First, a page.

Staying Power is a challenge for us in our world today. Studies show that (1.) 74% of the country’s employed are actually seeking new jobs and/or are actively open to new opportunities. (2.) The average length of a marriage before ending in divorce is eight years. (3.) We’re good for about one to five seconds before we abandon what we would call a slow website. (4.) The average Christian engaged in and practicing the faith today attends worship just twice a month.
Jesus teaches, there is merit in Staying Power. There is wisdom in hanging in there. In our hurried, instant gratification world Staying Power builds resilience in times of turmoil. Staying Power exhibits discipline and focus when the choices are many. Staying Power means we’re motivated for the long haul, especially when the going gets rough.
Staying Power means we live in expectation with faithful readiness. We expect God to make all things new. With Staying Power we engage in faithful readiness with healthy dialogue among ourselves and our neighboring faith communities striving for healing strength from racism and bigotry. Staying Power in faithful readiness means we will not stay hidden and complicit in societal norms of misconduct, harassment and abuse. Instead, wedded in the grace, love and mercy of Jesus Christ, we will speak truth, and say and do what is necessary in freeing women, men and children to be beloved children of God. Staying Power means we’re all in 100%, even when it looks as though the door is shut from our Lord’s redemptive powers.
Because, sometimes we may question Jesus’ presence in our lives. So, if we’re going to be intentional about truly being in a relationship with Jesus, we don’t want to be asleep on the job. What do we do? We put skin in the game and equip ourselves and keep going when we notice that the oil is running low on our spiritual lamps of God’s grace. Staying Power is what holds us up when we do not know what the day or the hour will be when Jesus will lavish us with God’s grace love and mercy. We build Staying Power with the wisdom of knowing that a relationship with God in Christ is not something we can borrow from another. Another’s Staying Power does not oil our lamps of faith. Rather, we build Staying Power secure that we, our very selves, are clothed in Christ. Build Staying Power.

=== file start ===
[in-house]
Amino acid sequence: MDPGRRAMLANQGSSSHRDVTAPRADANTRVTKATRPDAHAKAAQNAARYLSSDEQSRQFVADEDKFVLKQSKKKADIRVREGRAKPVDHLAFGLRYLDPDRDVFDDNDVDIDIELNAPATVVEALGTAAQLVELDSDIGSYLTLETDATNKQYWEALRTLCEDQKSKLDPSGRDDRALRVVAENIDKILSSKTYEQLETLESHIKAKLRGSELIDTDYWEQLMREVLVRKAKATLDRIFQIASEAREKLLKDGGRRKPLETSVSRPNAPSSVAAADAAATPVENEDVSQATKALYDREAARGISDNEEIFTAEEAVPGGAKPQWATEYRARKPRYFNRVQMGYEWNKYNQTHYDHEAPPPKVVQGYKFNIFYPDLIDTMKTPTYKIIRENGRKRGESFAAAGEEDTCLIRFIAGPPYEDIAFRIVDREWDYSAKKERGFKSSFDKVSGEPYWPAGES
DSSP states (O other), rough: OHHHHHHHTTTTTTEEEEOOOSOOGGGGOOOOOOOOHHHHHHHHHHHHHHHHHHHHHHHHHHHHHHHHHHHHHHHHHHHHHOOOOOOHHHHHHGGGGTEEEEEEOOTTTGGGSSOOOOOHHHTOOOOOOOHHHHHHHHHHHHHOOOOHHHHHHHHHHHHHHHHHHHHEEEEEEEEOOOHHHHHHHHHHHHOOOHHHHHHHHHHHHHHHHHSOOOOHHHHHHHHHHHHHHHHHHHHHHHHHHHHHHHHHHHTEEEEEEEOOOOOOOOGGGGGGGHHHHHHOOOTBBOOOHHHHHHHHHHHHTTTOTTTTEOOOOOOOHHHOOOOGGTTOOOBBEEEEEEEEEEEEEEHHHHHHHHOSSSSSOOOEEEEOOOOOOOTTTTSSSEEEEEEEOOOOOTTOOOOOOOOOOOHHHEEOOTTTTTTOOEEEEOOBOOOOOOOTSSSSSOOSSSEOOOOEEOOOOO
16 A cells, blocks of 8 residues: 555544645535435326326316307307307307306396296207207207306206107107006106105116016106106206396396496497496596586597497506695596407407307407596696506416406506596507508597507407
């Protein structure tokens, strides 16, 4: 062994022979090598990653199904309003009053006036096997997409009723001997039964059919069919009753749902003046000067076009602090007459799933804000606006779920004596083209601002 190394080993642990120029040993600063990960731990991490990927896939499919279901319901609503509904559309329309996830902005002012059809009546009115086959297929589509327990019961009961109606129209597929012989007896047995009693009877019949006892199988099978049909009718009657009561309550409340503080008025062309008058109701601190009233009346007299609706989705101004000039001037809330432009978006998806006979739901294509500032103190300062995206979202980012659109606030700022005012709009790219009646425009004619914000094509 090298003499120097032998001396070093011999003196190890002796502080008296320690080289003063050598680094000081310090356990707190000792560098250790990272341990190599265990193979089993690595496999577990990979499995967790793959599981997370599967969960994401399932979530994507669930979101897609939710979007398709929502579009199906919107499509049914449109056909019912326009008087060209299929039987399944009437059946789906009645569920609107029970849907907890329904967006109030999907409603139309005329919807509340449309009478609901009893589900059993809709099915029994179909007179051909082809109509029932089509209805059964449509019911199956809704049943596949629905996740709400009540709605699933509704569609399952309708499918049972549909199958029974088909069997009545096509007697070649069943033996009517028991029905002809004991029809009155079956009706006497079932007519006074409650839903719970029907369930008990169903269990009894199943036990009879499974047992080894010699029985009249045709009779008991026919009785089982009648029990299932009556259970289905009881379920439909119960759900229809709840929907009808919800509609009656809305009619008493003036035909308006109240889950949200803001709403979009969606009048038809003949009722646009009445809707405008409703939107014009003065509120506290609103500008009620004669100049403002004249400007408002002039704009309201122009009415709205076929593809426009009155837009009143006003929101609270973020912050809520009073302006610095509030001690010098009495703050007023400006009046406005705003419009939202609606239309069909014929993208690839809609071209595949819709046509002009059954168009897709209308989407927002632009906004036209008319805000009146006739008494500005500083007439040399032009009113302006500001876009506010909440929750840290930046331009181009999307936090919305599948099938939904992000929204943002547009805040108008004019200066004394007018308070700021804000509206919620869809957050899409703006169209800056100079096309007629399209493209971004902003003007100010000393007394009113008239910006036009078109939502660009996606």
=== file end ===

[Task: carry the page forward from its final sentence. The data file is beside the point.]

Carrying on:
Showing up is 95% of the deal. By showing up we teach others that we’re all in. Take steps to be active in God’s world. Stay today and (help get the food ready) (to) pack 200 meals for Fairfax County School kids. Attend a class or two; teach a class; sing in the choir now and then; help with Fellowship hour: bring food; serve: help with Thanksgiving Hot Meals. We need eight twenty pound turkeys cooked. Sign up to help with Hypothermia Shelter during Christmas week. Be a worship leader: read; pass the chalice; usher; be a teller and count the money. Invite a neighbor, a friend, a family member to worship with Epiphany. Invest in getting to know someone with Epiphany not so familiar to you.
This is Sharing Sunday. Over these past weeks we’ve talked about the importance of giving a portion of who we are and what we have, returning it to God. Our giving sustains us in Staying Power. Our pledge commitments are about investing in a relationship with God in Christ through Epiphany. We’re all in, 100%. Recently, you’ve received a pledge commitment envelope. If you don’t have one, simply raise your hand and Keola and others are happy to provide you with an envelope just in case you forgot yours.
In a bit, we’ll say our prayers and make our offerings. Today we’ll have two offerings. Ushers will pass the plates for our typical weekly offertory. Thank you for making your generous weekly contribution. Your gifts actually pay the bills, turn on the lights, open the doors, enable us to invite others in. Next, the ushers will pass the plates again for each of us to offer up our annual pledge commitments for the budget of 2018. All are invited to pledge. Thank you. Your pledge commitments not only strengthen the Staying Power of Epiphany; as your pledge commitments are the roots of our annual operating budget, your pledge commitment to God in Christ through the life of Epiphany assures that we continue to GROW. We give thanks to God for generous hearts and minds. Amen.